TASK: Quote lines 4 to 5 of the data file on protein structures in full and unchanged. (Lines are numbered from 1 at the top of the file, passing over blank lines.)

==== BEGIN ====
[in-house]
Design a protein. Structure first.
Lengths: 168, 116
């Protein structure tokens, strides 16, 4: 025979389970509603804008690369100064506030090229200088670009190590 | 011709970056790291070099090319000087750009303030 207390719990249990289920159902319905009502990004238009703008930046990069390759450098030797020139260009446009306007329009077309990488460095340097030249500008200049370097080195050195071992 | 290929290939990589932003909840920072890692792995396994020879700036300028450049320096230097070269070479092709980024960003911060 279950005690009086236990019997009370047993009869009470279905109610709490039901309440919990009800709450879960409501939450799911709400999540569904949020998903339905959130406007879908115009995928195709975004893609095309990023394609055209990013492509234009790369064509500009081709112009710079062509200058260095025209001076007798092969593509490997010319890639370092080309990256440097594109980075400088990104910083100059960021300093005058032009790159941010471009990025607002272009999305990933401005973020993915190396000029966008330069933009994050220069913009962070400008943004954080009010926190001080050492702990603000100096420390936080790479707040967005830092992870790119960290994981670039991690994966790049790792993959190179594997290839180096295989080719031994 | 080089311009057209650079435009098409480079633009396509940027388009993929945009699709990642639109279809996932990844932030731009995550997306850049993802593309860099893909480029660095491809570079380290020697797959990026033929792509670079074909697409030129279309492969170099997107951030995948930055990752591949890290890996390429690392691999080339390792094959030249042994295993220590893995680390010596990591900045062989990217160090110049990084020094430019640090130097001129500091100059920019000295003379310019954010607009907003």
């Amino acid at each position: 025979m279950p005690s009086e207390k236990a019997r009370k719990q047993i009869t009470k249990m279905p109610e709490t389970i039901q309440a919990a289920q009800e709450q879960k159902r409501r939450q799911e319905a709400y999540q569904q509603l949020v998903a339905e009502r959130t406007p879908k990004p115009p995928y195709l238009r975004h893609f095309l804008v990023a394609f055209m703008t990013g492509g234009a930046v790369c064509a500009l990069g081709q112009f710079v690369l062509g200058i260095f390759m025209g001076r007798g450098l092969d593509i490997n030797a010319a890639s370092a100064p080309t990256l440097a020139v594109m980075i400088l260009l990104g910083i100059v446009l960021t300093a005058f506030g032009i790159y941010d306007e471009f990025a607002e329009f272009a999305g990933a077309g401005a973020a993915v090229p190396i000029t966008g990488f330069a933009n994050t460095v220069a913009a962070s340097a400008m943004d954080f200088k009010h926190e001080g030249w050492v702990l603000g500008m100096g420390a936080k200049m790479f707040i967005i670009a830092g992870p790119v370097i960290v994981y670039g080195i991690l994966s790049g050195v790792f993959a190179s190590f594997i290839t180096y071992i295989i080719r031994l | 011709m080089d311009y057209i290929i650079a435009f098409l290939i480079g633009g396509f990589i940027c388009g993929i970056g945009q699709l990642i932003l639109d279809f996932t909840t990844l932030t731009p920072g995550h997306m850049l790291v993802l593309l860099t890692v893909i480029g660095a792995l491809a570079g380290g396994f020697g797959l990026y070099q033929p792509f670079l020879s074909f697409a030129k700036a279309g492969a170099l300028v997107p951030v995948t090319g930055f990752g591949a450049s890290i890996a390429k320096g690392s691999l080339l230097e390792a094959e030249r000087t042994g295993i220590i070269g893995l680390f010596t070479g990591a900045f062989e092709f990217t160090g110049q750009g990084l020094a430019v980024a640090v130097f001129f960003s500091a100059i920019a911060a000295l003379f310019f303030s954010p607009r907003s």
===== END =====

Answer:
């Protein structure tokens, strides 16, 4: 025979389970509603804008690369100064506030090229200088670009190590 | 011709970056790291070099090319000087750009303030 207390719990249990289920159902319905009502990004238009703008930046990069390759450098030797020139260009446009306007329009077309990488460095340097030249500008200049370097080195050195071992 | 290929290939990589932003909840920072890692792995396994020879700036300028450049320096230097070269070479092709980024960003911060 279950005690009086236990019997009370047993009869009470279905109610709490039901309440919990009800709450879960409501939450799911709400999540569904949020998903339905959130406007879908115009995928195709975004893609095309990023394609055209990013492509234009790369064509500009081709112009710079062509200058260095025209001076007798092969593509490997010319890639370092080309990256440097594109980075400088990104910083100059960021300093005058032009790159941010471009990025607002272009999305990933401005973020993915190396000029966008330069933009994050220069913009962070400008943004954080009010926190001080050492702990603000100096420390936080790479707040967005830092992870790119960290994981670039991690994966790049790792993959190179594997290839180096295989080719031994 | 080089311009057209650079435009098409480079633009396509940027388009993929945009699709990642639109279809996932990844932030731009995550997306850049993802593309860099893909480029660095491809570079380290020697797959990026033929792509670079074909697409030129279309492969170099997107951030995948930055990752591949890290890996390429690392691999080339390792094959030249042994295993220590893995680390010596990591900045062989990217160090110049990084020094430019640090130097001129500091100059920019000295003379310019954010607009907003």
């Amino acid at each position: 025979m279950p005690s009086e207390k236990a019997r009370k719990q047993i009869t009470k249990m279905p109610e709490t389970i039901q309440a919990a289920q009800e709450q879960k159902r409501r939450q799911e319905a709400y999540q569904q509603l949020v998903a339905e009502r959130t406007p879908k990004p115009p995928y195709l238009r975004h893609f095309l804008v990023a394609f055209m703008t990013g492509g234009a930046v790369c064509a500009l990069g081709q112009f710079v690369l062509g200058i260095f390759m025209g001076r007798g450098l092969d593509i490997n030797a010319a890639s370092a100064p080309t990256l440097a020139v594109m980075i400088l260009l990104g910083i100059v446009l960021t300093a005058f506030g032009i790159y941010d306007e471009f990025a607002e329009f272009a999305g990933a077309g401005a973020a993915v090229p190396i000029t966008g990488f330069a933009n994050t460095v220069a913009a962070s340097a400008m943004d954080f200088k009010h926190e001080g030249w050492v702990l603000g500008m100096g420390a936080k200049m790479f707040i967005i670009a830092g992870p790119v370097i960290v994981y670039g080195i991690l994966s790049g050195v790792f993959a190179s190590f594997i290839t180096y071992i295989i080719r031994l | 011709m080089d311009y057209i290929i650079a435009f098409l290939i480079g633009g396509f990589i940027c388009g993929i970056g945009q699709l990642i932003l639109d279809f996932t909840t990844l932030t731009p920072g995550h997306m850049l790291v993802l593309l860099t890692v893909i480029g660095a792995l491809a570079g380290g396994f020697g797959l990026y070099q033929p792509f670079l020879s074909f697409a030129k700036a279309g492969a170099l300028v997107p951030v995948t090319g930055f990752g591949a450049s890290i890996a390429k320096g690392s691999l080339l230097e390792a094959e030249r000087t042994g295993i220590i070269g893995l680390f010596t070479g990591a900045f062989e092709f990217t160090g110049q750009g990084l020094a430019v980024a640090v130097f001129f960003s500091a100059i920019a911060a000295l003379f310019f303030s954010p607009r907003s």